Information Literacy in a data-driven world

Information Literacy is an issue that I’ve become very passionate about of late. However, I couldn’t put a “term” to it until attending the 2019 INAIR (Indiana Association for Institutional Research) conference this week. In short, Information Literacy “...involves recognizing when information is needed and being able to efficiently locate, accurately evaluate, effectively use, and clearly communicate information in various formats.

There is a push among United States universities to address the issue of Information Literacy. This issue also affects our society as a whole. To quote a co-worker, we are “information rich but data poor”. Growing up, I often heard that we were entering the information age. Today, information is all around us. Information is constantly coming at us from social media, YouTube, new services, friends, relatives, etc.

Information IL-literacy

You may be asking how we can be information illiterate in the data-driven world in which we live. You may also be thinking “numbers don’t lie”. As a professional “data person”, I can tell you that numbers can be made to lie depending on the questions being asked. Therefore it is extremely important to understand what questions are being asked and why. It is also imperative to that the answers be consistent over time. This is so much more important in our ever changing political climate and world.

We are constantly being bombarded by “news” and information to the point of it becoming propaganda. For me, the word propaganda shifts my mind immediately to WWII and most certainly to war and conflict. Let us for a moment to consider the parallels using Nazi Germany as an example.

Propaganda vs “news”

prop·a·gan·da/ˌpräpəˈɡandə/noun
noun: propaganda; noun: Propaganda
1. information, especially of a biased or misleading nature, used to promote or publicize a particular political cause or point of view.

Google

I feel like I could stop right there, but I’ll discuss for a moment the word “biased“. Throughout human history, we have been surrounded by biased information, so this is nothing new. It may even be that it was once a bigger issue than it is now–but I speak only of my 42 years of experience. Before the advent of the Internet, fact checking was more difficult than it is now. If one wanted to verify information relayed to them, they had to go to the newspaper, library or other sources. With the Internet, it should be so much easier to find sources on both sides of an issue, but there is so much information, which is true or false, biased or unbiased, right or wrong?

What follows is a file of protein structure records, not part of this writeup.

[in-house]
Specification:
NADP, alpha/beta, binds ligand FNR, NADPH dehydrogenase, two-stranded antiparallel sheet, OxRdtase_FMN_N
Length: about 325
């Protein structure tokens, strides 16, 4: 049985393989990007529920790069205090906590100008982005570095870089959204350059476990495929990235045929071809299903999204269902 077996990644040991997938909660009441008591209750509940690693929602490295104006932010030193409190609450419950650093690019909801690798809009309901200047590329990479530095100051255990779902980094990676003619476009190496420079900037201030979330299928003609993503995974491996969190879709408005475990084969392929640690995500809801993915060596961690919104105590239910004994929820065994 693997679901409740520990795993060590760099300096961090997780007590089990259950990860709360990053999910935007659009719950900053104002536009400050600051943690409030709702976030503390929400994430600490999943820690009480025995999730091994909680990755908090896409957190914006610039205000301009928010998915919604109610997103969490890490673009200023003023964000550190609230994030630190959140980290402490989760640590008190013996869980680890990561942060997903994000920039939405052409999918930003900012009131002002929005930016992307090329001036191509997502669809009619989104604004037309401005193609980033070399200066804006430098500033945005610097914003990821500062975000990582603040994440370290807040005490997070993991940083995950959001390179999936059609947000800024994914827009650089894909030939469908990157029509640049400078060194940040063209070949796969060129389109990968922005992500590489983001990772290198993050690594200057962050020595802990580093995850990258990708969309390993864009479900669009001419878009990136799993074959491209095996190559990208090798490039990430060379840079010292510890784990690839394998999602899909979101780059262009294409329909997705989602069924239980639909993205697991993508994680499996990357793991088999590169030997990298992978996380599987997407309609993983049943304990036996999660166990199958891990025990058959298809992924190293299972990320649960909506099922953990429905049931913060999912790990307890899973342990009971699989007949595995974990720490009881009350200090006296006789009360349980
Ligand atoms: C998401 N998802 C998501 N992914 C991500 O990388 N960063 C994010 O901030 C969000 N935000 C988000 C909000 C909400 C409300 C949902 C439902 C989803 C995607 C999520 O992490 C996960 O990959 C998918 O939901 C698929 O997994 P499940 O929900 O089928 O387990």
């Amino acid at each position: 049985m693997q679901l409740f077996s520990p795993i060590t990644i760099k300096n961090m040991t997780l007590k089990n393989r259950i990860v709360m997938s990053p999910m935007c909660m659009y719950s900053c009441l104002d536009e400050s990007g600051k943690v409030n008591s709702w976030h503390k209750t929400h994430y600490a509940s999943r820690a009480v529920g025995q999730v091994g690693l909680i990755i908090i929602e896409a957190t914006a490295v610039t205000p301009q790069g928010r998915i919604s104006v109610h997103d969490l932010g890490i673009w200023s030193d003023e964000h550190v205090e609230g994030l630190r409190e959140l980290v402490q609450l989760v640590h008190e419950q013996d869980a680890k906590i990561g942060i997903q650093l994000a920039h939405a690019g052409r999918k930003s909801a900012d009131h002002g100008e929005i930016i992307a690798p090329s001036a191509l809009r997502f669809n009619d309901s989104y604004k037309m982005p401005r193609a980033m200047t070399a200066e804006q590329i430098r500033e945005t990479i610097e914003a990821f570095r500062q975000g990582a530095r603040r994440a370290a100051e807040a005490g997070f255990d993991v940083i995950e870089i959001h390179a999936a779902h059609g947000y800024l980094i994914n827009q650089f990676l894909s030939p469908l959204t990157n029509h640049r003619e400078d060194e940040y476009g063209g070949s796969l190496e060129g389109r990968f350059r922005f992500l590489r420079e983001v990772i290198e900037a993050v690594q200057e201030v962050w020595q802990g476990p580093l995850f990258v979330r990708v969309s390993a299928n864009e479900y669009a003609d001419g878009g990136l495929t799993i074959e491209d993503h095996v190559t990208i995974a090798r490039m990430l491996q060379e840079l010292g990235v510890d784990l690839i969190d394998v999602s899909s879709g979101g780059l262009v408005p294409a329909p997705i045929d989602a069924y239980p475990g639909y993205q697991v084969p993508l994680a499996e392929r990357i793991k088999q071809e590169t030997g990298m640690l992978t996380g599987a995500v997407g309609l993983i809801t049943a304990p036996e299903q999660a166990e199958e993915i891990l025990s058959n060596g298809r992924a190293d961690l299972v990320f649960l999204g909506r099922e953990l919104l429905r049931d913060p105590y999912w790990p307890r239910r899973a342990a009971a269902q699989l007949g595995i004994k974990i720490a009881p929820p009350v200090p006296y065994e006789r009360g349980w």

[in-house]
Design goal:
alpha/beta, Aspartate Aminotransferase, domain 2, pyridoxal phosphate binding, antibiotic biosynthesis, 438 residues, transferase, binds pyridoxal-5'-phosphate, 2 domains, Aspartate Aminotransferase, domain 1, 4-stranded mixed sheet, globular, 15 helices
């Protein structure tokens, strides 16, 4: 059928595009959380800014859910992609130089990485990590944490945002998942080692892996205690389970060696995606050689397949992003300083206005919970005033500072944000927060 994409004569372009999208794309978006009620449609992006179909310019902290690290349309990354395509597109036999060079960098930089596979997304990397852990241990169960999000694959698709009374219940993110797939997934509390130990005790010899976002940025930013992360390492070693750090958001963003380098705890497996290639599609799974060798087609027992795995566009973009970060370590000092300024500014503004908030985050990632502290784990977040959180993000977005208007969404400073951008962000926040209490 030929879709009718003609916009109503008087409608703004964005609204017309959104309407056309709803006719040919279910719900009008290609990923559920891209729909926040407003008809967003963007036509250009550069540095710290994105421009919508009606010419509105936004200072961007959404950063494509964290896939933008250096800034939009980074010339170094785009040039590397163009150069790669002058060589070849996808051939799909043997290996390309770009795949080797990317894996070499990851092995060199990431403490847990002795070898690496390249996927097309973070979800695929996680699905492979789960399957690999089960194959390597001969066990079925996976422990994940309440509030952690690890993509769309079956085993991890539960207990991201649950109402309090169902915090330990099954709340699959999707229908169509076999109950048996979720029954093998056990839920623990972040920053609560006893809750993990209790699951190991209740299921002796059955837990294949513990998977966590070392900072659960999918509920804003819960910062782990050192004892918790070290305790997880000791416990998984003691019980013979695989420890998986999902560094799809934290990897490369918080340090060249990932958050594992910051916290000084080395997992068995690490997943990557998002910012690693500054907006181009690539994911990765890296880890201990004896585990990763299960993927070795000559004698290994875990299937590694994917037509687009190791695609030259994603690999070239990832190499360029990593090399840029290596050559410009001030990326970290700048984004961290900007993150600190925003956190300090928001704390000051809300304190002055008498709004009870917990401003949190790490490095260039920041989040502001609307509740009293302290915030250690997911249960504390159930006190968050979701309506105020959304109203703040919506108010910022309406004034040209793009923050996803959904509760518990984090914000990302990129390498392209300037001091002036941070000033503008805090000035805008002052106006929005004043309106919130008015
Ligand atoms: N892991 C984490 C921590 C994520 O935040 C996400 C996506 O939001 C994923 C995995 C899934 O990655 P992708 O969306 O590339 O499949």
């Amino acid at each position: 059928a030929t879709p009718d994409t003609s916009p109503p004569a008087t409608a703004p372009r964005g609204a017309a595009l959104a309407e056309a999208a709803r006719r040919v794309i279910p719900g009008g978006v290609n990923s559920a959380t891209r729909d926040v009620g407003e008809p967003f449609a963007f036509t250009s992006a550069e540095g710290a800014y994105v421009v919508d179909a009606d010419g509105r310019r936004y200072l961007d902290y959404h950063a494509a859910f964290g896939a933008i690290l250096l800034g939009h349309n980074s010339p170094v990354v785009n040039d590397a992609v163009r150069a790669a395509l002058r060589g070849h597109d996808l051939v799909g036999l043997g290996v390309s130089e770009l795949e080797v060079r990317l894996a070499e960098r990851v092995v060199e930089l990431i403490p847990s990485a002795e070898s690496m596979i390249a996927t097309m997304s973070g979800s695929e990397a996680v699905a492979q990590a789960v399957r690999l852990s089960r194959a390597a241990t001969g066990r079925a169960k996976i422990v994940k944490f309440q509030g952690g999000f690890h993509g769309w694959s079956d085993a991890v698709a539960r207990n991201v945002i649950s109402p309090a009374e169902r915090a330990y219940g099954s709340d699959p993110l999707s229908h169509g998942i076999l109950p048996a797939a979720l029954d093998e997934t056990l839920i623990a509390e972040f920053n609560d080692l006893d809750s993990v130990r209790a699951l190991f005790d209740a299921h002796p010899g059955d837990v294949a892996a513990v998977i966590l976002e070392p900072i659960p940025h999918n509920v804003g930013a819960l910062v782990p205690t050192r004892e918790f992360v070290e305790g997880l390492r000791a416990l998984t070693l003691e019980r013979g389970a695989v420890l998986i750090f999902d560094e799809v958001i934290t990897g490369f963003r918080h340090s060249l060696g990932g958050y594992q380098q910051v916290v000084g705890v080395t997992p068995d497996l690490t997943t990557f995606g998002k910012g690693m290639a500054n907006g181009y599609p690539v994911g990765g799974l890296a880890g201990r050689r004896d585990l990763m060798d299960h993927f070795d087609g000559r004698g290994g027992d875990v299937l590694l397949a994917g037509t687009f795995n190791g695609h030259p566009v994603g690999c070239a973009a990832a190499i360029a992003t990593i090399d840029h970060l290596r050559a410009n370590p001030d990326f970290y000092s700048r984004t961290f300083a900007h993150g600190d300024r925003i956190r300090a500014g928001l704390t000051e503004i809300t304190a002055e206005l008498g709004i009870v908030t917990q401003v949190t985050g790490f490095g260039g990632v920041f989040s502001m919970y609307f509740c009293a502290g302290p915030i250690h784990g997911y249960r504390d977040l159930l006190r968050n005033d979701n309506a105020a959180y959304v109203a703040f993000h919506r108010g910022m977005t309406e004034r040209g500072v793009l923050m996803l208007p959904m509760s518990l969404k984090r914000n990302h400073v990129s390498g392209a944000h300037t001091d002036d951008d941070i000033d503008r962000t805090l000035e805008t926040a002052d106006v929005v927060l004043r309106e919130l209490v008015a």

Where it should be easier than the “good ole days” is in checking our sources. I understand that most of us aren’t going to spent hours upon hours doing this but we should at least spend a little time checking the trustworthiness of our sources. We should even rely less on one source and more on checking multiple sources. This does not mean that all sources lie, but human nature has proven that we all “have an angle” to quote Bing Crosby in White Christmas. No two of us will view an issue exactly the same because we’re all approaching it from a different perspective–based on our life and experiences.

Becoming information Literate

So how do we become information literate? Simply put, DIG. Dig into the background of your source–at least a little. Dig into the issue–look at multiple points of view. Dig into your own beliefs and experiences.

For example, before you make a stand on ANY political issue, do some research. For the person reporting it, where do they stand on other issues? What are their beliefs? Do they match yours? For the issue, look at another source on the opposite side and do the same. Now, go somewhere in the middle and again do the same. Chances are, the “facts” are going to lie somewhere in that middle area.

If your primary sources is strongly affiliated to a particular party, religion or socio-economic status, how may those affiliations “skew” their reporting of the issue? In today’s world, we should take not take anything at face value, because it’s easier than ever to spread information, disinformation or misinformation to large audiences in a short period of time. (hence going “viral”)

Research

In closing, I can only tell you that as I’ve grown older, I don’t take a stand unless I’ve done some research into an issue. Recently, I started studying World War I and II again. Information I’ve oncovered or had shared with me, has put into doubt some of the perspectives I had on this time of history. Mostly, I’ve learned that I didn’t know nearly what I thought I did. In large part, this is due to my personal history and demographics. I learned everything I know about history as an American–a member of the victors from these wars. 

While I’m learning more about the period, I have discovered that it’s not so much about mis-information but lack thereof. Events and actions taken by the victors that weren’t included in my revisionist history lessons. Moreover, the question of WHY looms larger the more I learn. 

So, I challenge you to question the issues. Answer for yourself the question WHY? Why do you believe what you do? Why do you or do you not agree with a perspective?

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